We stayed at a big city called Trujillo, for a few days to minister. I got pretty sick from being down town and felt really week, but God gave me the grace to still be able to minister; small price to pay in the big picture. By the power of God we were able to get permission to perform in the biggest, busiest plaza in the center of down town. The mayor even extensively thanked us for the work we are doing and said he was glad he could help us. We were out for a long time those nights and affected a lot of families and individuals. Never have these people heard that they can seek Jesus without a church or religion.
The traffic was unbelievable getting into Lima. It reminded me of what I have seen of India. Gas is so expensive here that they have made motorcycles into taxis they flood the streets. It took a long time and a lot of work to get the permission we needed to perform in the center. One of the secretaries told me that the whole permission system is designed to make people give up because they do not want people performing on the streets all though they cannot legally prohibit it.
As with most everything in life, if you want something, something that matters, you have to fight for it. Opportunities opened for us and we were able to perform in a lot of different places and were invited to special festivals and parks. It was a challenge and took the wisdom of the Holy Spirit in order to effectively minister in Peru. There is such a strong influence of the evangelical church that everyone assumes you are another group that has come to Peru to start a church and get money. The whole church system here is very corrupt putting the entire focus on tithing and giving an offering to the church. The pastors teach that if you don’t pay at least 10 percent, you will be under a curse and can’t be saved. They then keep the money and use it for whatever they please; they are rich and take the money from the poor. I have seen naïve families literally put on the streets from pastors that take advantage of them in the name of God and it is absolutely infuriating. You would not believe some of the stories I could tell you of the things these churches do (like drive through churches where you pull up, give money and get a “blessing”).
There is a prison in Lima that holds around 12,000 men called; “Lurigancho” and it is one of the worst in the world an absolutely horrible place. I had spent two days and several hours at the office that runs the prisons, trying to get authorization to enter, eventually talking to the vice president of this department, explaining what we wanted to do. I later received a phone call denying my request and saying that it was impossible to enter due to security reasons. However, I received this call just after returning from visiting the actual prison where we were able to talk to the director who told us he had the authority to allow us to enter, without needing authorization from the main office, and would be very grateful for our visit. It is kind of a long story with a lot more involved but after a number of phone calls, letters, a few two hour taxi drives and mostly the power of an Almighty God, we got in. We later found out that there was a lot of corruption involved and that the main office really has no clue what goes on at the prisons and has no care or concern for the prisoners. Many are paid off by pastors that have a “ministry” at the prisons and make a lot of money off the prisoner’s families, like I said, long story.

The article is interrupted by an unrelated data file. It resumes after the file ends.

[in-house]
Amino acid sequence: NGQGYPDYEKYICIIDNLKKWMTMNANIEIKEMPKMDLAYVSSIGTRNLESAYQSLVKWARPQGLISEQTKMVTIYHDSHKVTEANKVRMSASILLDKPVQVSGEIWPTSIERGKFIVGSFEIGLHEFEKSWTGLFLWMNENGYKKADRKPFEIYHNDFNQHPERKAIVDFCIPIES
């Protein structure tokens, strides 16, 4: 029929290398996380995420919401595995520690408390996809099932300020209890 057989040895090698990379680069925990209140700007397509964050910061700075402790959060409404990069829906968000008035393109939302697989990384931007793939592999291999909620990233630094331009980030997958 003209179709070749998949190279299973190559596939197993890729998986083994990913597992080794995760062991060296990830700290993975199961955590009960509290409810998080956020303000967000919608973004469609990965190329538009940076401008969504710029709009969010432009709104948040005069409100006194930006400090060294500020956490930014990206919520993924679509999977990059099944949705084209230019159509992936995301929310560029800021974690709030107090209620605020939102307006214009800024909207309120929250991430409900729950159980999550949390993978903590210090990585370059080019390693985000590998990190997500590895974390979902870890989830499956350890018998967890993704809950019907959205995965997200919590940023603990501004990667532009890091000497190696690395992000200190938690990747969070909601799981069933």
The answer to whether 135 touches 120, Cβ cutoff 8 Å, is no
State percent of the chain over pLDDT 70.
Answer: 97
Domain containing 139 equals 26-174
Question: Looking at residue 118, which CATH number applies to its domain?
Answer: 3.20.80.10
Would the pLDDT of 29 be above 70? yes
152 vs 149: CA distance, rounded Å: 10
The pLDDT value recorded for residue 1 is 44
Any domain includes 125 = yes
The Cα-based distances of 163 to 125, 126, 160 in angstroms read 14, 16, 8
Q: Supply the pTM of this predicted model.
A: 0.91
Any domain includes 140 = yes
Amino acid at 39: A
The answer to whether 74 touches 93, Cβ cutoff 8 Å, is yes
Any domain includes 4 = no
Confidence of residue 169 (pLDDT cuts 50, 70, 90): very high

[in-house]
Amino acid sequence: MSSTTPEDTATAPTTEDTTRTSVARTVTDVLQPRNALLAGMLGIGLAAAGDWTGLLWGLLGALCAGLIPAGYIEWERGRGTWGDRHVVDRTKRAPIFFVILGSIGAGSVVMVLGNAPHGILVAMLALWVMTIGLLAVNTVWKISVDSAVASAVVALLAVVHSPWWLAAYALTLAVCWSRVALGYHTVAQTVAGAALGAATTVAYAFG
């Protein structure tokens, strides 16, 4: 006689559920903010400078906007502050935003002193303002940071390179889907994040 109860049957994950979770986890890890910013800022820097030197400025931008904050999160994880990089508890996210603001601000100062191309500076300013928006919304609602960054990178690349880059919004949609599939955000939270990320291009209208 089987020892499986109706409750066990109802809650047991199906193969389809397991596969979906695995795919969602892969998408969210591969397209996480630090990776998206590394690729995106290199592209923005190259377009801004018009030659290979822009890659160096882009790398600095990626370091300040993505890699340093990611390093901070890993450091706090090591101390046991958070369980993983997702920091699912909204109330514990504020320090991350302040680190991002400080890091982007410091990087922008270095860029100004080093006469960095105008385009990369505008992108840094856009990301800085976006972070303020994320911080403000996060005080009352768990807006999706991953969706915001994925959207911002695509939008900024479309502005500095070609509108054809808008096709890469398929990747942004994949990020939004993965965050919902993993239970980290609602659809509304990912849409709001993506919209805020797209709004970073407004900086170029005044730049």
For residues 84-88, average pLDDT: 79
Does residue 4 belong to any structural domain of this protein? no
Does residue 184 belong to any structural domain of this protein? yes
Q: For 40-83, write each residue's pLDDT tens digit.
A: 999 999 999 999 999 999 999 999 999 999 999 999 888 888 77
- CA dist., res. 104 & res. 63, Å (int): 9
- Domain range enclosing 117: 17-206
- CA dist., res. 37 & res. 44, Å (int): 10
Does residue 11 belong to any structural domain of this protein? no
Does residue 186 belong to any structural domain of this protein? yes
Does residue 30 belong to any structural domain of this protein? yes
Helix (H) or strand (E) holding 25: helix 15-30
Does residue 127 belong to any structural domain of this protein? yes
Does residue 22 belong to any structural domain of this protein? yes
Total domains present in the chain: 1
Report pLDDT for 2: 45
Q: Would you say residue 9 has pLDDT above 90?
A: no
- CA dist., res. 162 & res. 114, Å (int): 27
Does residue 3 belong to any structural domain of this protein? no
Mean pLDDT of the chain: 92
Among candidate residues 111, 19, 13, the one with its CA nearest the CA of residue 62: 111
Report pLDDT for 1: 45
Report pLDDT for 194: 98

This prison was built for 2,500 men, and now holds between 9,000 to 12,000 men! There are as little as 100 guards to manage and run the place, so lawlessness and violence are common as guards are forced to leave the prisoners to do as they like to a certain extent. Unlike a number of other prisons, things are run with money here. The prisoners with family on the outside to bring them money, do ok so, so to speak as in get food and a space to sleep, those with no one on the outside world, have to fight and steal to survive, have barely enough food and not even a mattress or space to lay. Corruption is the norm, and guards will take bribes from the prisoners with money. Out of the 10,000 prisoners, over 7,000 have never received a sentence or seen a judge. You ask them how much longer they have to go and they tell you they have no idea, any where from a month to five years or forever if their paperwork is never found. So many are put in here for just petty crimes but then once they are in, they disappear. One young man no more than 18 said he is serving a ten year sentence for a crime he did not commit but was set up by drug smugglers, I believe him.
The auditorium was huge and being filled with prisoners as we set up. No matter how many times I have done this, I still take a big gulp when I look up and see around a thousand men staring at me waiting to hear what I am going to say. It is a huge privileged, and also a huge responsibility. We did a number of skits, dances and routines for them and spent time talking and sharing things with them to give them practical help and answers. It’s like for that period of time we are there, they travel to another world where they can forget everything and be at peace and happy. When we start, it takes a few minutes to show the men that we are not like those pastors here to take advantage of them but rather here to serve them. Laughter is a big key to doing this.